The novel “supermaterial” graphene could hold the key to making one of the oldest building materials greener, new scientific research suggests.
Graphene has been incorporated into traditional concrete production by scientists at the University of Exeter, developing a composite material which is more than twice as strong and four times more water-resistant than existing concretes.
Unlike previous attempts to use nanotechnology in concrete, which have focused on modifying the existing components of cement, the new technique allows a layer of graphene to be suspended in water.
The method produces a high yield of concrete without defects, which can be used in conjunction with modern manufacturing techniques and could be scaled up, the researchers believe, at a relatively low cost.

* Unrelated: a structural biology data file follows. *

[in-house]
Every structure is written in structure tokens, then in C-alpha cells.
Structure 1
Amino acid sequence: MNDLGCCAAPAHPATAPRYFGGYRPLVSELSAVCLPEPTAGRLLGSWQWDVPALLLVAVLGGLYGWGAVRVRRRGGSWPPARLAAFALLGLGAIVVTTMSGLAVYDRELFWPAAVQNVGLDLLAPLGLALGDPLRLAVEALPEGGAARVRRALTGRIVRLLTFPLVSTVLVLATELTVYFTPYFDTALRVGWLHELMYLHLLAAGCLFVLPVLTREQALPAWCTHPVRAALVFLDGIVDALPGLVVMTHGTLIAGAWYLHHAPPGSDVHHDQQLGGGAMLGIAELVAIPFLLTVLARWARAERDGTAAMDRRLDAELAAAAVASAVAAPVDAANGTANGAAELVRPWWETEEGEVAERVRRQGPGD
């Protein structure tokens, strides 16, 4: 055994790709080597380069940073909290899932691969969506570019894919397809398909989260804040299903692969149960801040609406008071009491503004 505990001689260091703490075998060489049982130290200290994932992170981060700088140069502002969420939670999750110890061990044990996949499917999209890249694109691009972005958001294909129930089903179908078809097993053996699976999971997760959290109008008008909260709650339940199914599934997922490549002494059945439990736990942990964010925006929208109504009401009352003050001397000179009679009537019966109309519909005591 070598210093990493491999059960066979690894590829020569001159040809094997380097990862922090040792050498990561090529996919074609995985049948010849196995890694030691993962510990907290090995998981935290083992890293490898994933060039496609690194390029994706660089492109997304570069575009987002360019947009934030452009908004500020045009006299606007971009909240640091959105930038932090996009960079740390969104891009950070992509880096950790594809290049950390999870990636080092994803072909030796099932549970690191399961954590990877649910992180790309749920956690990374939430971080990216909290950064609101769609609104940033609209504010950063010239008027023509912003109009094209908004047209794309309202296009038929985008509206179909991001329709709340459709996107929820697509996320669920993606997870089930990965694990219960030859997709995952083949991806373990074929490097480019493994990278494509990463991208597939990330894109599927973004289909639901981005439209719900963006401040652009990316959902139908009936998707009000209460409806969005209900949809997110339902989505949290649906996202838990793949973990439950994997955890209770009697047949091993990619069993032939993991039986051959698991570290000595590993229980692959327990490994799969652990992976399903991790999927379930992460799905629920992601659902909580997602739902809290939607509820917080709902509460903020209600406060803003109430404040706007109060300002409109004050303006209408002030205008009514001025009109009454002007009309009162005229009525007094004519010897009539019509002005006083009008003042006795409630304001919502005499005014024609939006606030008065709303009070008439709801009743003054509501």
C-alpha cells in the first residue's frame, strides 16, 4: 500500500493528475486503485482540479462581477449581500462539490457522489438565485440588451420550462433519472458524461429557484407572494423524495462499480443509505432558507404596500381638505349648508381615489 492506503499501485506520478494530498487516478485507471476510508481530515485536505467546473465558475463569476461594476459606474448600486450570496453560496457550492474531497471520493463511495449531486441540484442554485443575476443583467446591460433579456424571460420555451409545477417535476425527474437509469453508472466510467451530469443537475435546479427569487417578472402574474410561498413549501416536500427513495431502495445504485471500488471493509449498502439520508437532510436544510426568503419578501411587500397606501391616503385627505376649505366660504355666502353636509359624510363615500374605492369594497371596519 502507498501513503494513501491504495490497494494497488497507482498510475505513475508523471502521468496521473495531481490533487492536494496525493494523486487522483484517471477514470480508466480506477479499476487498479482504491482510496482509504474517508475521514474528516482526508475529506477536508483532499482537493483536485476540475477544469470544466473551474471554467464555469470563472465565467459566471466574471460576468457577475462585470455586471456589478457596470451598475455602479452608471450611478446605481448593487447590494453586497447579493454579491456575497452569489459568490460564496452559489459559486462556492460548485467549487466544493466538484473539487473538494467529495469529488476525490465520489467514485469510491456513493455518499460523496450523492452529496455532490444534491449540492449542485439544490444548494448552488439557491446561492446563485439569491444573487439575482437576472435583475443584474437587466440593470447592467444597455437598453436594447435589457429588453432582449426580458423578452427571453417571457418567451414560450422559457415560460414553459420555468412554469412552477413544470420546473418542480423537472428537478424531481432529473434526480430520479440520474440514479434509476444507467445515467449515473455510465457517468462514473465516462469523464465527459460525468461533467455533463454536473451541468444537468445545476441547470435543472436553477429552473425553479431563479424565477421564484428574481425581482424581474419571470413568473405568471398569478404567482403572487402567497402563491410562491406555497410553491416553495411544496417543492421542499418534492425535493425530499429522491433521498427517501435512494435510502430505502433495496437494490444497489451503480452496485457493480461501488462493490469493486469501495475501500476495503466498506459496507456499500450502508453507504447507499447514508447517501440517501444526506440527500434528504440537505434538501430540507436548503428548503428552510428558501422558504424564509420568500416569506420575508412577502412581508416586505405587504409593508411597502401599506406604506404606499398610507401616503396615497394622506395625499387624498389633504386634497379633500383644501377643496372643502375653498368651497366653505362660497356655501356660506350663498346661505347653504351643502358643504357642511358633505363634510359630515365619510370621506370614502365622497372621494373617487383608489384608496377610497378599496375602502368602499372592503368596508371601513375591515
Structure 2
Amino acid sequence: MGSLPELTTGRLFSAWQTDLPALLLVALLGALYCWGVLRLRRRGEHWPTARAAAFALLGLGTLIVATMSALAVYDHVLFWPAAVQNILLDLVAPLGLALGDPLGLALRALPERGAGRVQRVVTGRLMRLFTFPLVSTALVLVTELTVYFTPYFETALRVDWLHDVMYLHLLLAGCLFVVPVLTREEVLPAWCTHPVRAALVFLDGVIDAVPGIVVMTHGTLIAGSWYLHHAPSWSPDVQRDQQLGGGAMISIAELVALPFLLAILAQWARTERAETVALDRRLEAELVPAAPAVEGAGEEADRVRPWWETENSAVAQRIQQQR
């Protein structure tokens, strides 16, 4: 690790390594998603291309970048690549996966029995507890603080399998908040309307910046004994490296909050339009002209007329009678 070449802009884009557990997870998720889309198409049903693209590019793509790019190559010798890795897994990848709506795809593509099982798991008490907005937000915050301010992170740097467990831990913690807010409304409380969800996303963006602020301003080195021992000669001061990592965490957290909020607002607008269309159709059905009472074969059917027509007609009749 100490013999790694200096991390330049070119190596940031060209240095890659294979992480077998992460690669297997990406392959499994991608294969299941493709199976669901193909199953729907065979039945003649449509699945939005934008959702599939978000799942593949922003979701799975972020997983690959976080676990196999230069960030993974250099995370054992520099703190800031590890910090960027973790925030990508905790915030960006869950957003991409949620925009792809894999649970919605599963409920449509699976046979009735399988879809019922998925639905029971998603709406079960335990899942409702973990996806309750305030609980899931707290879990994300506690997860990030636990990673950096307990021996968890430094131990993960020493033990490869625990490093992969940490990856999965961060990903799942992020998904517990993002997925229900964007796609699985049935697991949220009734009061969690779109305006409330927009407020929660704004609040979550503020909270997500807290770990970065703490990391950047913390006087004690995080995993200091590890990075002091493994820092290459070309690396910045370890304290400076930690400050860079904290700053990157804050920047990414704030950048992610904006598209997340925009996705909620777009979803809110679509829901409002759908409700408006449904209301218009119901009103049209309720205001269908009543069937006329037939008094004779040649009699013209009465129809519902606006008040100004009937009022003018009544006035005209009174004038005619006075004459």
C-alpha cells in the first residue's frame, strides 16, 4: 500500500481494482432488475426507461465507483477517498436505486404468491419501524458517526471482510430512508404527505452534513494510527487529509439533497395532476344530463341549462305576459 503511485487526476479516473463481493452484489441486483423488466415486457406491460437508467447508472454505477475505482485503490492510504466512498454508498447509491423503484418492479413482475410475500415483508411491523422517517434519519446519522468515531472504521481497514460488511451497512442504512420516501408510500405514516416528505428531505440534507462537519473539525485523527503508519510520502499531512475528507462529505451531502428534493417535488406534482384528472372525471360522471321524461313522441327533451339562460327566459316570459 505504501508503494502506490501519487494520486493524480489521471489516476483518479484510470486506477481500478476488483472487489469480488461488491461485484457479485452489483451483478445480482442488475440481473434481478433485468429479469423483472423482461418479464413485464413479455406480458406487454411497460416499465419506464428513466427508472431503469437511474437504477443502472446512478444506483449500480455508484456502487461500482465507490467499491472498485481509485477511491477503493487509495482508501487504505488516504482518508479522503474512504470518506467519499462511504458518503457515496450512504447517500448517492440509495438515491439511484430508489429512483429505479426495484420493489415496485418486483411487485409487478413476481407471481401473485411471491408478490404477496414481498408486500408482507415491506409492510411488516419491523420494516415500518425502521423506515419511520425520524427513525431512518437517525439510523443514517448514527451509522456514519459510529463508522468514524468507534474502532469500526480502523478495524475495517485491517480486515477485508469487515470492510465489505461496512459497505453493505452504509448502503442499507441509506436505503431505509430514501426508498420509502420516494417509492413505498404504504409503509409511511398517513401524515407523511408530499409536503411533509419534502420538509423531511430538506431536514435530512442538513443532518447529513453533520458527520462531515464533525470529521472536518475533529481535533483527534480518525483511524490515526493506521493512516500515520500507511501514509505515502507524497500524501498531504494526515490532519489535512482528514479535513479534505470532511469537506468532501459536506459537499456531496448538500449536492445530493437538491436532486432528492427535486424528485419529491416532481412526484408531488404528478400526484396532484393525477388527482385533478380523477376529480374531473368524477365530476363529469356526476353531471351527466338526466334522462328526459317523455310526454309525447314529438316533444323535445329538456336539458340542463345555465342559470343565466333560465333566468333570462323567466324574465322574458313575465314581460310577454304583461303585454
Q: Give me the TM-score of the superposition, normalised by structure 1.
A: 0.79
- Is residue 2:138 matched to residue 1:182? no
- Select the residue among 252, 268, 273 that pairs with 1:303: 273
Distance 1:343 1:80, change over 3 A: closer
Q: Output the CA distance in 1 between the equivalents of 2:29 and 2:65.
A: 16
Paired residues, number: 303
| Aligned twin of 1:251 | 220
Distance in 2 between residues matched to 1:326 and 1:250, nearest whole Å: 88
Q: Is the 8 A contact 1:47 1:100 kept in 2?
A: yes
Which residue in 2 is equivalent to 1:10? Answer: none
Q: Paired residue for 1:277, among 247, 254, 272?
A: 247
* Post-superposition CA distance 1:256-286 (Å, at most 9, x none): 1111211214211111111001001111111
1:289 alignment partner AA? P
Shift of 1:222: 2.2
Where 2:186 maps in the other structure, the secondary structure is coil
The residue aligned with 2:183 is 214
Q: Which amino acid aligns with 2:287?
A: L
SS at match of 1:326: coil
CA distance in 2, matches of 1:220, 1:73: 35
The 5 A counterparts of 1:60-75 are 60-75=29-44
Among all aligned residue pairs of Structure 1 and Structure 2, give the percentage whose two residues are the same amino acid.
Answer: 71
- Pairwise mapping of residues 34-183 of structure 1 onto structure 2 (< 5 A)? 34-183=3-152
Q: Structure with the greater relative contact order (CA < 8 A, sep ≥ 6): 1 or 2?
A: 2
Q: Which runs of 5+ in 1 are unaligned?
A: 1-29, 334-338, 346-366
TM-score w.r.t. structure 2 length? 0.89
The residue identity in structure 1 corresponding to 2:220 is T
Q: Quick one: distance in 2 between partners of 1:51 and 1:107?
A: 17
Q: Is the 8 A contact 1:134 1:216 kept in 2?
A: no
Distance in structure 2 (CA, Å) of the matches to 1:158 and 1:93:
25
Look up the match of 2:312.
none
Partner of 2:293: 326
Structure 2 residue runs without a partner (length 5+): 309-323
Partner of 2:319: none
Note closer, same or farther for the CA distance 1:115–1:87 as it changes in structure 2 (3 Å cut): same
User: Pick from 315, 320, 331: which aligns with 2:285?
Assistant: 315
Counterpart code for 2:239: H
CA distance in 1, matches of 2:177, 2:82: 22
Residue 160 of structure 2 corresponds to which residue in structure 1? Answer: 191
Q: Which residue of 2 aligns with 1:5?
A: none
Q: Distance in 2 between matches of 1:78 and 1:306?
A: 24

The composite could be used directly on building sites, enabling the construction of strong and durable buildings using less concrete and reducing greenhouse gas emissions. Using graphene meant the researchers were able to roughly halve the amount of materials used to make concrete.
Its water resistance makes it suitable for construction in areas that are hard to reach for maintenance, while the strength of the composite will make buildings more resilient to future shocks and strains, researchers say. In addition, the technique could be copied in incorporating other nanomaterials into concrete construction in the future, which could pave the way to further innovations in the industry.